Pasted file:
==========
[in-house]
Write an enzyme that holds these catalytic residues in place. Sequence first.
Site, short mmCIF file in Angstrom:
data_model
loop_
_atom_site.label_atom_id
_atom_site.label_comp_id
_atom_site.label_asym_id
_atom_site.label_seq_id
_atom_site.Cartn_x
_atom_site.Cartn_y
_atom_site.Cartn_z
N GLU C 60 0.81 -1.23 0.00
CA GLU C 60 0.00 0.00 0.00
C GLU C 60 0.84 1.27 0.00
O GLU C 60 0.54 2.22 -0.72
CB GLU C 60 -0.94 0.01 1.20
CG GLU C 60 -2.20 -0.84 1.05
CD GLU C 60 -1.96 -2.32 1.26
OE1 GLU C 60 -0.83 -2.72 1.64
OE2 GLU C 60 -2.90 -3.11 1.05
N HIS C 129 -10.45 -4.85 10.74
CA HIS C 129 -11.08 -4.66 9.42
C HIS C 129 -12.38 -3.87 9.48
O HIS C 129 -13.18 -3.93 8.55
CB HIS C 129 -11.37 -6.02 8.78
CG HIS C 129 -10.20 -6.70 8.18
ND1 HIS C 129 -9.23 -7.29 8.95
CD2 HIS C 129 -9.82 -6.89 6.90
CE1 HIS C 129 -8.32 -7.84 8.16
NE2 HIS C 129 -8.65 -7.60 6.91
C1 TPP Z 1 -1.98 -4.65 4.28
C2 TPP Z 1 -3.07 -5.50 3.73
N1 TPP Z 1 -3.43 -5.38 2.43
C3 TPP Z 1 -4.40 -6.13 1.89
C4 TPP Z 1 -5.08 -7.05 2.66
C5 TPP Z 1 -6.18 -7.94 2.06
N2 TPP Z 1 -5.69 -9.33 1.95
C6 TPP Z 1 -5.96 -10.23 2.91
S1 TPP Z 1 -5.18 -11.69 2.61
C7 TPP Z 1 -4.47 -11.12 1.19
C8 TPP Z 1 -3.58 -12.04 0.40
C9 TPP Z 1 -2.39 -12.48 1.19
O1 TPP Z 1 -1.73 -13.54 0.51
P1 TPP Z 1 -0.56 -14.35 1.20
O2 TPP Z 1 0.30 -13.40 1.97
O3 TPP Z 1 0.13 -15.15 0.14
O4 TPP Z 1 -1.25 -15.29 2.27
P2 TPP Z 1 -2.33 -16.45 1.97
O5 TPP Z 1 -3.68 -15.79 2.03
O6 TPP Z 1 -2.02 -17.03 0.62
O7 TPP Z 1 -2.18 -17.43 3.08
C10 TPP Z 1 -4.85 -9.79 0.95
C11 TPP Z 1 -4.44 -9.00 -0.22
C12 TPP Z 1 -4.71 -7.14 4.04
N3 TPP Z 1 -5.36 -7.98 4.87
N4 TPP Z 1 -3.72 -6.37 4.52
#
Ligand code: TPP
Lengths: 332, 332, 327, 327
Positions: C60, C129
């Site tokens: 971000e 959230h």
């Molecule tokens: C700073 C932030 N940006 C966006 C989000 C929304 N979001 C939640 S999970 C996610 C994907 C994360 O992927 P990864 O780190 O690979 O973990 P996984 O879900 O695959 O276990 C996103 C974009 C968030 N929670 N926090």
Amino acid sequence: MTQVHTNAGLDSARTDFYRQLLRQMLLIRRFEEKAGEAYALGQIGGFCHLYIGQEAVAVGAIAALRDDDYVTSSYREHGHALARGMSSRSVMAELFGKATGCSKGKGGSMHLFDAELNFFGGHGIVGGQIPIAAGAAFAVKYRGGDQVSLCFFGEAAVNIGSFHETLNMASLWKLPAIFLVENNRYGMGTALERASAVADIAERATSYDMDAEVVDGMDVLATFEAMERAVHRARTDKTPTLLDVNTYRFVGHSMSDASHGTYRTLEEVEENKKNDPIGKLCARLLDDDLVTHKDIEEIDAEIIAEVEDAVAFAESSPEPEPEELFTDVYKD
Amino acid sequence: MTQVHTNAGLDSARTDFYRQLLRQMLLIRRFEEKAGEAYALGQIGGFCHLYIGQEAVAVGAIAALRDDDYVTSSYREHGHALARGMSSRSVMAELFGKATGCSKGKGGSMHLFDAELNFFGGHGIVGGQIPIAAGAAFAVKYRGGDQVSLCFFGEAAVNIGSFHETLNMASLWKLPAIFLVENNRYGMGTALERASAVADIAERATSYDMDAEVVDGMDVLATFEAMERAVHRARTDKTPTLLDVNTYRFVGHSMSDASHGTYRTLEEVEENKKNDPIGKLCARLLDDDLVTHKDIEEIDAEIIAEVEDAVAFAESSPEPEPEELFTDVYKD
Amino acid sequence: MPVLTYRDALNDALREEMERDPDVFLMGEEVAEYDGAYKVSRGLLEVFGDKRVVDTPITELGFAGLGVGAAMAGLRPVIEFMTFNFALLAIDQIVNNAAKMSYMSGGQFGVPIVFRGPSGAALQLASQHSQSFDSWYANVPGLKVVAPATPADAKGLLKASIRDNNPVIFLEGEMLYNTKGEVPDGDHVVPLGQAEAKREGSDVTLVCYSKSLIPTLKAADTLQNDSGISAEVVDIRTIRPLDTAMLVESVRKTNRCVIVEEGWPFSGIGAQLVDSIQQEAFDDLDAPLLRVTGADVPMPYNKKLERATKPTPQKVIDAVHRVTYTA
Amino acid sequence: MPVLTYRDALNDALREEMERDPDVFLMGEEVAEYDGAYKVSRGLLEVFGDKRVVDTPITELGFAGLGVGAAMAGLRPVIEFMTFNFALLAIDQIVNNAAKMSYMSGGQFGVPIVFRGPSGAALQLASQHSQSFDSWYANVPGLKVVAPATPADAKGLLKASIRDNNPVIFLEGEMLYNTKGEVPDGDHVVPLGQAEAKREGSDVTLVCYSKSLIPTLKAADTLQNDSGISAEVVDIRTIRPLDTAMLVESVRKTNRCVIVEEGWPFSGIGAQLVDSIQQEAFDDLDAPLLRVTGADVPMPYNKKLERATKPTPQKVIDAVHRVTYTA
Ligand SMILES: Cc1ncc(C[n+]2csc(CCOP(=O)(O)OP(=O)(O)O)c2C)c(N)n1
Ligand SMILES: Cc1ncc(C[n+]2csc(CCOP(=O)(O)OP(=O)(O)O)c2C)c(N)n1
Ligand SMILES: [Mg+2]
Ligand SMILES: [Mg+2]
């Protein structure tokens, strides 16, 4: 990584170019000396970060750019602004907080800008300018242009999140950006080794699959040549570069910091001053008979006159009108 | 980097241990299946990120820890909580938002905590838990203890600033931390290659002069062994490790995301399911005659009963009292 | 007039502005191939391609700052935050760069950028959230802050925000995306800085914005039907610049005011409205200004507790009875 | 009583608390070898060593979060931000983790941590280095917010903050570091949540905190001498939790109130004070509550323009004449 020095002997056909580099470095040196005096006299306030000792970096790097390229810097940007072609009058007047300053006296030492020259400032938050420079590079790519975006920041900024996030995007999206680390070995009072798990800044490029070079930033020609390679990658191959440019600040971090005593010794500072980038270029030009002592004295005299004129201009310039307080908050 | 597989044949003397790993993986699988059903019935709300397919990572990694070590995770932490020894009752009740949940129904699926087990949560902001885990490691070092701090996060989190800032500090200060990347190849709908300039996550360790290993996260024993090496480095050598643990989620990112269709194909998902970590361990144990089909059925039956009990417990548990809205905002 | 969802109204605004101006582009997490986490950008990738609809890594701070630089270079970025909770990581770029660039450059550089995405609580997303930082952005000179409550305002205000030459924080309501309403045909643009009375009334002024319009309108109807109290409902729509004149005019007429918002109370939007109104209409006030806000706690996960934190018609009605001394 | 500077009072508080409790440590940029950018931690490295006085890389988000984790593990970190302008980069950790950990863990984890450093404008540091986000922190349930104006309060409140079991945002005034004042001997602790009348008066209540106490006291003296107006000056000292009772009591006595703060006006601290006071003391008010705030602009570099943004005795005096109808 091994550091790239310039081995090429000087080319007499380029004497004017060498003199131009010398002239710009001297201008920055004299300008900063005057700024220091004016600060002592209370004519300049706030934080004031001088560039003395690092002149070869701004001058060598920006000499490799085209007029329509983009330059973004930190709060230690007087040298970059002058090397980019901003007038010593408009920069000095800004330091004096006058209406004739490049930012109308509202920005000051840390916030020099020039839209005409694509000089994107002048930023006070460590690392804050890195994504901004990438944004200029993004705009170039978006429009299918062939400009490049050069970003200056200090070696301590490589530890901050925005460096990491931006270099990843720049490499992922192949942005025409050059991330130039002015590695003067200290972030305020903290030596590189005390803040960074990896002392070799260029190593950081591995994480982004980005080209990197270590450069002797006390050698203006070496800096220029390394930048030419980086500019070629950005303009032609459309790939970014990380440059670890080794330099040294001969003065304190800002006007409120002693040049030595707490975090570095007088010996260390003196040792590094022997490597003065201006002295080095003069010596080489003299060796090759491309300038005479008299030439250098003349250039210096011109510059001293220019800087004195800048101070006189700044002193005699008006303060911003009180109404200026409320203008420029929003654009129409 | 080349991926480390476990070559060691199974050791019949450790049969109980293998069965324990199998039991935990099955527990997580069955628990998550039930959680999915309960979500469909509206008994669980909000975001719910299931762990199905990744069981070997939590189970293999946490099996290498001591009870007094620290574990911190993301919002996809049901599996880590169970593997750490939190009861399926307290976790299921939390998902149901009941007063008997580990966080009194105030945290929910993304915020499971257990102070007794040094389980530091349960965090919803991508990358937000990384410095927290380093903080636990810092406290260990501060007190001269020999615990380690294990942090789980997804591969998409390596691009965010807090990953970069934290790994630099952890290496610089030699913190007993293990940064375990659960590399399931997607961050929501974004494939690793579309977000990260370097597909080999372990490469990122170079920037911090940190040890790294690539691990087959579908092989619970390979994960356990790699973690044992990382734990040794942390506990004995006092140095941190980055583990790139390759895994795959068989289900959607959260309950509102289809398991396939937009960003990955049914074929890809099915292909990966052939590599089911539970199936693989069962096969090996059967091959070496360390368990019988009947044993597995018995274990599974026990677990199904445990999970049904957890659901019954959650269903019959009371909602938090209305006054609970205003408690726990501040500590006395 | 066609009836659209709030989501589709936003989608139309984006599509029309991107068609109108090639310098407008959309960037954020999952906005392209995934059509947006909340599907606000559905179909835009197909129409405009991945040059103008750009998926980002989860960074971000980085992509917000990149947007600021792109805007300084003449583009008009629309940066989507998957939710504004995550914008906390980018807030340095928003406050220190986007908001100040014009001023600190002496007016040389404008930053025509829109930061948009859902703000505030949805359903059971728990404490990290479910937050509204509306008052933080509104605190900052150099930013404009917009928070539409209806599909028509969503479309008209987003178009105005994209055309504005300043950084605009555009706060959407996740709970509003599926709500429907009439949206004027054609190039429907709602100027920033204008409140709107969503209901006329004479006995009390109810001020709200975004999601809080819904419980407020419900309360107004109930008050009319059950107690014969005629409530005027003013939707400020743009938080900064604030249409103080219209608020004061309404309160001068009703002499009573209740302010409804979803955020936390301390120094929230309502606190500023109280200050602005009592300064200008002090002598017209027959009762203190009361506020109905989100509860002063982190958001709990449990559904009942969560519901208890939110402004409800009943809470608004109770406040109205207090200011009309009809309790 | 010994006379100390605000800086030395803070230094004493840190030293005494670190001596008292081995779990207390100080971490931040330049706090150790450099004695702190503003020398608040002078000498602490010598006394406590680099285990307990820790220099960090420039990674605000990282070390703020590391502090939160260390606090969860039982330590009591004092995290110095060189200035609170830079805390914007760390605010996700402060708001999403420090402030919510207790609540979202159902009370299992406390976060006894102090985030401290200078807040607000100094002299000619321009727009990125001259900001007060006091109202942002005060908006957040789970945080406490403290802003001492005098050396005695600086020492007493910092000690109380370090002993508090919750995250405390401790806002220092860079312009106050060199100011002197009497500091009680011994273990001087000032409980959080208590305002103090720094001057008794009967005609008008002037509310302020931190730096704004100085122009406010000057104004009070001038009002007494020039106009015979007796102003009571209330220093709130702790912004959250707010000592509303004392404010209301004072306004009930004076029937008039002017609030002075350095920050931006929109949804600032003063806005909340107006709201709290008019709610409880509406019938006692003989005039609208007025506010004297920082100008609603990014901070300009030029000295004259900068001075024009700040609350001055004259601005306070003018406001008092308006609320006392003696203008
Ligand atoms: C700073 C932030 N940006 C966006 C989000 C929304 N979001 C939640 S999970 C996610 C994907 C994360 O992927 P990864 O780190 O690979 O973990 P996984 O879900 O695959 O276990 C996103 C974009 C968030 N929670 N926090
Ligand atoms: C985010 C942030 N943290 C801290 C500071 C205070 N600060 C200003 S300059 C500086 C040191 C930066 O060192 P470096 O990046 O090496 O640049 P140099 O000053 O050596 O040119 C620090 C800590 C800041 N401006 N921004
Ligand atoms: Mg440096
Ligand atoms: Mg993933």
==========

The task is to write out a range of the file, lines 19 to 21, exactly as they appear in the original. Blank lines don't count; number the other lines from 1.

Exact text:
CD GLU C 60 -1.96 -2.32 1.26
OE1 GLU C 60 -0.83 -2.72 1.64
OE2 GLU C 60 -2.90 -3.11 1.05